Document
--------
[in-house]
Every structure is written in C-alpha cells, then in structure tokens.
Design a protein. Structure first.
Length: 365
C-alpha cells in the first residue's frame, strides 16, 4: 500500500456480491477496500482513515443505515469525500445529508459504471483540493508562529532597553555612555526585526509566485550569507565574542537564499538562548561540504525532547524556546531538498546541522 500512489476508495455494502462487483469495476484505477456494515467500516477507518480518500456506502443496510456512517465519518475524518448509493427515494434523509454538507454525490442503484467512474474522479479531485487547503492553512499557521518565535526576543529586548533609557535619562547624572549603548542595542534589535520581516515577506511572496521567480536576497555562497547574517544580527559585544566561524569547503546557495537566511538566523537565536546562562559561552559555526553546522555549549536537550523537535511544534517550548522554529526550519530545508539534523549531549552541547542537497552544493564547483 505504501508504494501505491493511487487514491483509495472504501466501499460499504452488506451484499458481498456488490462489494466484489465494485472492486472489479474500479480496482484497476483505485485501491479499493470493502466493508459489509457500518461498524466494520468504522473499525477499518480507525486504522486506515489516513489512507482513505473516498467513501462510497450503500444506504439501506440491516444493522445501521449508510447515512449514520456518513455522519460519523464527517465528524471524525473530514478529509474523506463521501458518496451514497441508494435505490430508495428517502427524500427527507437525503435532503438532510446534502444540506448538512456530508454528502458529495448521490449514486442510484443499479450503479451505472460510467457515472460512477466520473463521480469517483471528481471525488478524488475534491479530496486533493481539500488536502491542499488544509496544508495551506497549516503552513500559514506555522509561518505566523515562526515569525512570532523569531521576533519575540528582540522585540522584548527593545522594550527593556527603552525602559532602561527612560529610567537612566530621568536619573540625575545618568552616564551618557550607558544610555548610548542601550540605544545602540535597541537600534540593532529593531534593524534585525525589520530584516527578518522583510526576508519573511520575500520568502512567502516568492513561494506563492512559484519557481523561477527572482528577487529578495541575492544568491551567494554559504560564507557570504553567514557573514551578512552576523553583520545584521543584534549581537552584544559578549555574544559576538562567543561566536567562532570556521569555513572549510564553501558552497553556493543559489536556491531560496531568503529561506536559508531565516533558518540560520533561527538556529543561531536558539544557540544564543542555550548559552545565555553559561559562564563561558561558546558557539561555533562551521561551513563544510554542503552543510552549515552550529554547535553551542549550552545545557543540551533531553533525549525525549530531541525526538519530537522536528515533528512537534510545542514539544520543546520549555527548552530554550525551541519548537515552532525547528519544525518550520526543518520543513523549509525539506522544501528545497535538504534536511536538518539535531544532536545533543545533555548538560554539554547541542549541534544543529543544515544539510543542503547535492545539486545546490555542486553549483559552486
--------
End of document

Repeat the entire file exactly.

[in-house]
Every structure is written in C-alpha cells, then in structure tokens.
Design a protein. Structure first.
Length: 365
C-alpha cells in the first residue's frame, strides 16, 4: 500500500456480491477496500482513515443505515469525500445529508459504471483540493508562529532597553555612555526585526509566485550569507565574542537564499538562548561540504525532547524556546531538498546541522 500512489476508495455494502462487483469495476484505477456494515467500516477507518480518500456506502443496510456512517465519518475524518448509493427515494434523509454538507454525490442503484467512474474522479479531485487547503492553512499557521518565535526576543529586548533609557535619562547624572549603548542595542534589535520581516515577506511572496521567480536576497555562497547574517544580527559585544566561524569547503546557495537566511538566523537565536546562562559561552559555526553546522555549549536537550523537535511544534517550548522554529526550519530545508539534523549531549552541547542537497552544493564547483 505504501508504494501505491493511487487514491483509495472504501466501499460499504452488506451484499458481498456488490462489494466484489465494485472492486472489479474500479480496482484497476483505485485501491479499493470493502466493508459489509457500518461498524466494520468504522473499525477499518480507525486504522486506515489516513489512507482513505473516498467513501462510497450503500444506504439501506440491516444493522445501521449508510447515512449514520456518513455522519460519523464527517465528524471524525473530514478529509474523506463521501458518496451514497441508494435505490430508495428517502427524500427527507437525503435532503438532510446534502444540506448538512456530508454528502458529495448521490449514486442510484443499479450503479451505472460510467457515472460512477466520473463521480469517483471528481471525488478524488475534491479530496486533493481539500488536502491542499488544509496544508495551506497549516503552513500559514506555522509561518505566523515562526515569525512570532523569531521576533519575540528582540522585540522584548527593545522594550527593556527603552525602559532602561527612560529610567537612566530621568536619573540625575545618568552616564551618557550607558544610555548610548542601550540605544545602540535597541537600534540593532529593531534593524534585525525589520530584516527578518522583510526576508519573511520575500520568502512567502516568492513561494506563492512559484519557481523561477527572482528577487529578495541575492544568491551567494554559504560564507557570504553567514557573514551578512552576523553583520545584521543584534549581537552584544559578549555574544559576538562567543561566536567562532570556521569555513572549510564553501558552497553556493543559489536556491531560496531568503529561506536559508531565516533558518540560520533561527538556529543561531536558539544557540544564543542555550548559552545565555553559561559562564563561558561558546558557539561555533562551521561551513563544510554542503552543510552549515552550529554547535553551542549550552545545557543540551533531553533525549525525549530531541525526538519530537522536528515533528512537534510545542514539544520543546520549555527548552530554550525551541519548537515552532525547528519544525518550520526543518520543513523549509525539506522544501528545497535538504534536511536538518539535531544532536545533543545533555548538560554539554547541542549541534544543529543544515544539510543542503547535492545539486545546490555542486553549483559552486